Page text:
4.7 Stars: I must confess that I have been sucked into The Witcher world – hence this long post. Plus, my research is ongoing as a reader, writer and gamer. The Witcher 3: The Wild Hunt is my first adventure in the world and the settings are brilliant. The storytelling is great, underpinned by reading the 1993 collection of short stories. Also, the side quests do tie into the overall world-building. The gameplay element was more complex than other games with a lot to learn and master. However, it was entertaining, and I got my partner hooked. As for its roots, well, that’s an ongoing quest.

  1. Setting: 4.75*
  2. Storyline: 5*
  3. Gameplay: 4.25*
  4. Entertainment: 4.5*
  5. Genesis: 5*

Alternative ‘W’ thoughts:

W as in When Women Were Warriors, the best trilogy since The Lord of the Rings, and also for Wonder Woman – the original comics, the classic TV series and the enjoyable 2017 movie.

+ ‘W’ Games played: World of Warcraft, which was my original W game – until the research started.

Enter this portal to reach other Worlds in my A2ZMMORPG

Hela da

 

 

A Hero’s Tale – a review

This is the third Book in the When Women Were Warriors fantasy trilogy and when I reviewed the second book, A Journey of the Heart, I had to read Book 3 at once. I wasn’t disappointed, although I must apologise for this belated review – life & health conspired against this getting written.

 Hero'sTale

A Hero’s Tale (When Women Were Warriors #3)

by Catherine M. Wilson (Goodreads Author)

In Book II, Tamras moved from her home into the lands beyond its border. In Book three, the stage widens further: she deals with the struggles of whole peoples. Caught up in intrigues that would once have been far above her, the heroine risks everything unless she can not only learn to swim in treacherous waters, but to master them. The heroine ‘s inner journey continues to match her outer one. She must confront the meaning not only of personal love, but the love that extends beyond oneself and those we hold dear. Catherine Wilson ‘s skill at tackling the big issues of love, meaning, and humanity is so deft that it all seemed, to me at least, to flow naturally from her narrative in a way I found technically quite breathtaking. “–from a review by Charles Ferguson on the Goodreads website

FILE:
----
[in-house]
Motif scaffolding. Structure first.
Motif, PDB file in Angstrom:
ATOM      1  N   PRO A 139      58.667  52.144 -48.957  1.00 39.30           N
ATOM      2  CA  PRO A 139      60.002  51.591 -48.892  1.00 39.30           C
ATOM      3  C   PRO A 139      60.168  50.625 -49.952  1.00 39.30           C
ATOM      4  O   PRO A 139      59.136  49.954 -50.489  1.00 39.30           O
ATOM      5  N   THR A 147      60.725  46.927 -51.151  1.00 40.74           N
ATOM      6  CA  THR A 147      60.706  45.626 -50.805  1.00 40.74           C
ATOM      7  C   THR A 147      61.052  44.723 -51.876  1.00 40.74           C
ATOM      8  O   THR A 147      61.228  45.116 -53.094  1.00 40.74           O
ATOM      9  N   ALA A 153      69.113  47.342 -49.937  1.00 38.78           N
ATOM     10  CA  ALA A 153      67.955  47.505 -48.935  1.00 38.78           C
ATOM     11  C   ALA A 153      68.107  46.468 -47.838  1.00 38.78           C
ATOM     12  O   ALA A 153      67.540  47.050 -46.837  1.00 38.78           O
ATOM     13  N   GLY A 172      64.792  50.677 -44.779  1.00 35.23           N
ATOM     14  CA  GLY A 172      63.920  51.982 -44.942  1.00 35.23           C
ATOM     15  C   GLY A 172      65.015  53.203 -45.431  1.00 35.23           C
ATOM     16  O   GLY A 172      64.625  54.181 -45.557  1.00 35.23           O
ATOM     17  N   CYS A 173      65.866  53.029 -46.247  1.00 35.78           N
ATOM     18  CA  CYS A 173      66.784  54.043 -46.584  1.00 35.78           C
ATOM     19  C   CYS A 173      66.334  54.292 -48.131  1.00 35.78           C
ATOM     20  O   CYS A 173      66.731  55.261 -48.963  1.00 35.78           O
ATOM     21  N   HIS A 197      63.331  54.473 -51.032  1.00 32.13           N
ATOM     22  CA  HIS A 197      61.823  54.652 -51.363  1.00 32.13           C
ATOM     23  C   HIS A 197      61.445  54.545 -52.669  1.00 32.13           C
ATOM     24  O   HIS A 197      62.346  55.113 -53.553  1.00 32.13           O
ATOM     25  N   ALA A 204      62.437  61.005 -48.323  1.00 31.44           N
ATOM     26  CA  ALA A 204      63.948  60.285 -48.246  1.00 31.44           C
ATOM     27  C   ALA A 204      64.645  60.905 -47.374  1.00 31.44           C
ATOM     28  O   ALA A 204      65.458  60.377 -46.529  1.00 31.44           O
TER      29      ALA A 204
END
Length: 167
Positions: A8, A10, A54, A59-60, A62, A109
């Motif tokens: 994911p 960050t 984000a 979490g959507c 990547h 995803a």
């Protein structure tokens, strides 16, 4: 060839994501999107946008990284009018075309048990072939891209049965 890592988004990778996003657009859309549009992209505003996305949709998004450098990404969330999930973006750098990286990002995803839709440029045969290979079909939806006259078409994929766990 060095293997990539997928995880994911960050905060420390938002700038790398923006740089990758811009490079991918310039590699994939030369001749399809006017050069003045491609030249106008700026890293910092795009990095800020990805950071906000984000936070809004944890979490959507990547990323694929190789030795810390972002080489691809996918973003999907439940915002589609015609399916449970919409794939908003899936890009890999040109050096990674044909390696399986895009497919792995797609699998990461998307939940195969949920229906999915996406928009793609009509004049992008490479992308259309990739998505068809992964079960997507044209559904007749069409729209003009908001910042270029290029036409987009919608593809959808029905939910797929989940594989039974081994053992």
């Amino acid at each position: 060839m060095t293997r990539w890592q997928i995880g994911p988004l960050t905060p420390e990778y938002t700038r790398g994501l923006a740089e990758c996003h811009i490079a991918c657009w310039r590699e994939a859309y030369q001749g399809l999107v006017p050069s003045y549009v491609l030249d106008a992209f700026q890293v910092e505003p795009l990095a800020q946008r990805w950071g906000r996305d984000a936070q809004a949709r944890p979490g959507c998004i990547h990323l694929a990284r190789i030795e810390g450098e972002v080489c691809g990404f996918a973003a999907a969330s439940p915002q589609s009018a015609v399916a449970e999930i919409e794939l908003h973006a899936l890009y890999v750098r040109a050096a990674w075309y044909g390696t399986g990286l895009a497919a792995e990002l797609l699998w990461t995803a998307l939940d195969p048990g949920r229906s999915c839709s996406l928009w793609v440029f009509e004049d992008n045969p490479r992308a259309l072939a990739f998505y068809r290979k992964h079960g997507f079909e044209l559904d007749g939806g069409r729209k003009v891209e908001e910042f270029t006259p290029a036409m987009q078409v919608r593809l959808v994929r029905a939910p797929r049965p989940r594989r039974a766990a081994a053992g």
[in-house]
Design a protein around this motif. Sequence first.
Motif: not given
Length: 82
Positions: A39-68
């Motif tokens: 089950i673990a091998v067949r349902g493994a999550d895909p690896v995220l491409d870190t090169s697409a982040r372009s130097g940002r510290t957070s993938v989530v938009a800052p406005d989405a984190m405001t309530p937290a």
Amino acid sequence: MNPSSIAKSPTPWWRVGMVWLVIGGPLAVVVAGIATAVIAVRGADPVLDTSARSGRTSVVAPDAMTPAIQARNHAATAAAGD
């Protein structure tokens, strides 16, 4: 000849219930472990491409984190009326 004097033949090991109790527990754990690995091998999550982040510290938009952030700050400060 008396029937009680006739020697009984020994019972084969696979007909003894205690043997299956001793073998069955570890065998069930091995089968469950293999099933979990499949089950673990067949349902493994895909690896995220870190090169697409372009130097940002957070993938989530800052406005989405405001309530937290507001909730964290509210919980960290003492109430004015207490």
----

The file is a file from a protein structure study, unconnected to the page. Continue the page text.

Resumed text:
“Being the third and last volume in a series I enjoyed immensely, I knew that I could expect this last book to deliver a happy and satisfying ending. What I didn’t t expect was the intricate and daring storyline of this last volume. It is bigger and broader than what has come before, and it is spectacular. this time the story unfolds on to a whole new level. More characters, more intrigue, greater losses, wonderful reunions. There ‘s no taking the easy road here the story opened up into unimagined dimensions to tell a tale that really is that of a hero.”

When Women Were Warriors manages to blend mythic storytelling with characters who feel so real you could imagine stepping into the pages and having a conversation with them. A Hero ‘s Tale skilfully weaves the questions of love, faith and fairness into a dramatic story; not only of a relationship between the main characters, but of a quest so much bigger it takes the breath away. There is everything you could wish for here power struggles, forces for good and evil, dramatic tests of faith, daring rescues, fatal rivalry, but it is managed with such a deft hand that in the end it is all one beautiful story. What else is there to say? This is not just lesbian fiction, but a story about being human. It ‘s not to be missed.–from a review by Kate Genet on the website, Kissed By Venus